July 21, 2022 / Modified jul 21, 2022 8:42 p.m.

TUSD school year to start with staff shortages and security upgrades

Southern Arizona's largest school district is "working creatively" to solve the challenges

TUSD Front of Building Outside of the Robert D. Morrow Education Center for Tucson Unified School District.
Andrea Corona

Tucson Unified School District students return to school on August 4th. Superintendent Gabriel Trujillo says the district will be ready for them but is facing some staffing challenges. With only a couple of weeks left, the district short 25 middle and High School math teachers, 50 special-education teachers, and 60 bus drivers. They also have just 300 substitute teachers registered - less than half the pre-pandemic number.

"We are working creatively to try to solve the issues without burning teachers out by assigning them extra classes or going past the negotiated class sizes with the Tucson Education Association, or local teachers' association," he says

Among those potential creative solutions, the district is considering contracting with a Chicago-based company to provide online live-streamed math classes on a temporary basis. That is still being researched and would have to be approved by the TUSD Board.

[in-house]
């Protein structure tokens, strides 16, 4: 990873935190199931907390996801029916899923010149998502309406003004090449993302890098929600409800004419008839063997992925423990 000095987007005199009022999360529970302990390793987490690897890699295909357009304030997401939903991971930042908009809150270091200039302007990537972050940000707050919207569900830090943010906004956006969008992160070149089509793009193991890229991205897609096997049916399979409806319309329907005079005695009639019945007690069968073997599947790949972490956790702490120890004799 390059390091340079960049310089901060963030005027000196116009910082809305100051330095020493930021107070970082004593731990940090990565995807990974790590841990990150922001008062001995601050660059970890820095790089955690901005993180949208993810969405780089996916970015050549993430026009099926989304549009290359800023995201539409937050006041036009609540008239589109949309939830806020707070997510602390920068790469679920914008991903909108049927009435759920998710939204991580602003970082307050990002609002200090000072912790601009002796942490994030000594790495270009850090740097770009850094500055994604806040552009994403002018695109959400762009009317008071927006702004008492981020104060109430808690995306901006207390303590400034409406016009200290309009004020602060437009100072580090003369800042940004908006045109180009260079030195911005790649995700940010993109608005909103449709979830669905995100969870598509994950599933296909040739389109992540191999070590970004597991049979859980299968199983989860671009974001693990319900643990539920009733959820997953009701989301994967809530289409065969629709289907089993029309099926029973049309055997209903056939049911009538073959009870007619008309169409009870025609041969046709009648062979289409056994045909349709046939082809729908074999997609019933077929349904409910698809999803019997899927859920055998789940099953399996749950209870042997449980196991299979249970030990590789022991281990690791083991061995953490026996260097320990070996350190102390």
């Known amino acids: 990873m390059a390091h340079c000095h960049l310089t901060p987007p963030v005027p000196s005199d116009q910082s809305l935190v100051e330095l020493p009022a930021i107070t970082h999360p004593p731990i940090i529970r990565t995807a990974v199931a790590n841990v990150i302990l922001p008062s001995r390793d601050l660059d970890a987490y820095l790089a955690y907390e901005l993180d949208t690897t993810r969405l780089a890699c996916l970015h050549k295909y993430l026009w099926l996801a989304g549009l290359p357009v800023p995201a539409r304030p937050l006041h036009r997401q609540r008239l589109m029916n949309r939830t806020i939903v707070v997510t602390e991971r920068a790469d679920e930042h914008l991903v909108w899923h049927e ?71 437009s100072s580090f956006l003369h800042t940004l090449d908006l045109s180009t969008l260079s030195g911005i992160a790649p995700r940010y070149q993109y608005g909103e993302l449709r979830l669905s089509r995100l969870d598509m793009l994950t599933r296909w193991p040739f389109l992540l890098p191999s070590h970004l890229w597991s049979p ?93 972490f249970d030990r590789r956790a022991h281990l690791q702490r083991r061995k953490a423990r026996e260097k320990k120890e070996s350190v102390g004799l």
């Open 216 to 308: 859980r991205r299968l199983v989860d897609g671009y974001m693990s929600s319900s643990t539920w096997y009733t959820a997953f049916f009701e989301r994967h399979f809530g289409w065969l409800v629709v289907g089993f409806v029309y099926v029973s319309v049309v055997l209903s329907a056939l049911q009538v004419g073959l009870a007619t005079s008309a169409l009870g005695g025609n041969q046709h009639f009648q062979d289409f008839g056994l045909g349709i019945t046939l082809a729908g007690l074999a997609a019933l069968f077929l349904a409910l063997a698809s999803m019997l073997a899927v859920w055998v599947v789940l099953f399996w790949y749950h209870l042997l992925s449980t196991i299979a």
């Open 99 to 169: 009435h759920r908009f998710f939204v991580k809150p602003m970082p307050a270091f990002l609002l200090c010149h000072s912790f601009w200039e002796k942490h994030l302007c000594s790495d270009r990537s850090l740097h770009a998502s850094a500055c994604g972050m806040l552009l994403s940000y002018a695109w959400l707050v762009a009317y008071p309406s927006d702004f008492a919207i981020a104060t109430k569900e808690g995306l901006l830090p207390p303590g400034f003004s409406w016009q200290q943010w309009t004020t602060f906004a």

In the wake of the Uvalde school shooting, the district has hired 8 new security staff and is preparing an evaluation of each school's safety infrastructure capacities. In addition to hiring 8 new security staff, Trujillo says southern Arizona's largest school district is taking steps to harden its defenses.

"We are doing a thorough audit of our schools safety infrastructure capacities specifically around fencing, gates, locks, keyless entry systems. We're going to be coming to the governing board with recommendations to make improvements and investments in those areas."

He says they won't be able to address everything at once but will make a start.

"We'll be prioritizing campuses that don't have any fencing at the top of the list. we're going to be prioritizing campuses that don't have cameras and surveillance systems."

Trujillo says he will also be meeting with school principals next week to outline a series of measures the district will take to more strictly regulate the movement of visitors on its campuses. He says once he has met with the principals, the district will publish those new regulations to parents and the public.

And in what he called a major accomplishment, more than 700 of the district's lowest paid employees will start the year with a raise to $15 per hour.

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